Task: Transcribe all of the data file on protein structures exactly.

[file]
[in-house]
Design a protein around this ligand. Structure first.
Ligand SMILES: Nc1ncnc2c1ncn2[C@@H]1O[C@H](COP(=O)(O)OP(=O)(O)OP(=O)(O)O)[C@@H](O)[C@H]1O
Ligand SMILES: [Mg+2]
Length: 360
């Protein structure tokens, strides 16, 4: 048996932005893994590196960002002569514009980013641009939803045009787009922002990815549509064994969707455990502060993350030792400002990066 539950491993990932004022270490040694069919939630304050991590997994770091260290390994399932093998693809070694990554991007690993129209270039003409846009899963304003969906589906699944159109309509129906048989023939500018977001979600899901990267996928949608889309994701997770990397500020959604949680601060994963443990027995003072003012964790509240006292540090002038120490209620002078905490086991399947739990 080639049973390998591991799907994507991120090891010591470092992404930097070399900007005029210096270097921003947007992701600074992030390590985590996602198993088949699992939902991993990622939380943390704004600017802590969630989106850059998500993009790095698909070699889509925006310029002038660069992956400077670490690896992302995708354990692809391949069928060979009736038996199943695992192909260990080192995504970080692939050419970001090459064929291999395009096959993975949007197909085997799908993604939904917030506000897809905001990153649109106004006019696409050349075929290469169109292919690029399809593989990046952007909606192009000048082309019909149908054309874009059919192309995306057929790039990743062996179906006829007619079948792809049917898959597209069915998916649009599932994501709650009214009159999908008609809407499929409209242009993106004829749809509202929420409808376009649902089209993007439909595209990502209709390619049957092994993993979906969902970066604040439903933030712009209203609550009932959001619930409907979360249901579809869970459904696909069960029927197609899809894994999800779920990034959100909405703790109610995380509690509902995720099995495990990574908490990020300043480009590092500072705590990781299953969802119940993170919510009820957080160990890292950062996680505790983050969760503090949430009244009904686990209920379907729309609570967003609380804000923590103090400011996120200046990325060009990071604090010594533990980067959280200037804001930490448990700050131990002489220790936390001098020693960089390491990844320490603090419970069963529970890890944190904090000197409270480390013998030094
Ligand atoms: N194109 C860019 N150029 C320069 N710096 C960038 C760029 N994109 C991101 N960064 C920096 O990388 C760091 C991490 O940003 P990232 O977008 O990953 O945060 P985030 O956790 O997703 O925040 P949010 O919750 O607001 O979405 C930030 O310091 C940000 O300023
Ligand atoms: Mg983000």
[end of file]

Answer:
[in-house]
Design a protein around this ligand. Structure first.
Ligand SMILES: Nc1ncnc2c1ncn2[C@@H]1O[C@H](COP(=O)(O)OP(=O)(O)OP(=O)(O)O)[C@@H](O)[C@H]1O
Ligand SMILES: [Mg+2]
Length: 360
């Protein structure tokens, strides 16, 4: 048996932005893994590196960002002569514009980013641009939803045009787009922002990815549509064994969707455990502060993350030792400002990066 539950491993990932004022270490040694069919939630304050991590997994770091260290390994399932093998693809070694990554991007690993129209270039003409846009899963304003969906589906699944159109309509129906048989023939500018977001979600899901990267996928949608889309994701997770990397500020959604949680601060994963443990027995003072003012964790509240006292540090002038120490209620002078905490086991399947739990 080639049973390998591991799907994507991120090891010591470092992404930097070399900007005029210096270097921003947007992701600074992030390590985590996602198993088949699992939902991993990622939380943390704004600017802590969630989106850059998500993009790095698909070699889509925006310029002038660069992956400077670490690896992302995708354990692809391949069928060979009736038996199943695992192909260990080192995504970080692939050419970001090459064929291999395009096959993975949007197909085997799908993604939904917030506000897809905001990153649109106004006019696409050349075929290469169109292919690029399809593989990046952007909606192009000048082309019909149908054309874009059919192309995306057929790039990743062996179906006829007619079948792809049917898959597209069915998916649009599932994501709650009214009159999908008609809407499929409209242009993106004829749809509202929420409808376009649902089209993007439909595209990502209709390619049957092994993993979906969902970066604040439903933030712009209203609550009932959001619930409907979360249901579809869970459904696909069960029927197609899809894994999800779920990034959100909405703790109610995380509690509902995720099995495990990574908490990020300043480009590092500072705590990781299953969802119940993170919510009820957080160990890292950062996680505790983050969760503090949430009244009904686990209920379907729309609570967003609380804000923590103090400011996120200046990325060009990071604090010594533990980067959280200037804001930490448990700050131990002489220790936390001098020693960089390491990844320490603090419970069963529970890890944190904090000197409270480390013998030094
Ligand atoms: N194109 C860019 N150029 C320069 N710096 C960038 C760029 N994109 C991101 N960064 C920096 O990388 C760091 C991490 O940003 P990232 O977008 O990953 O945060 P985030 O956790 O997703 O925040 P949010 O919750 O607001 O979405 C930030 O310091 C940000 O300023
Ligand atoms: Mg983000």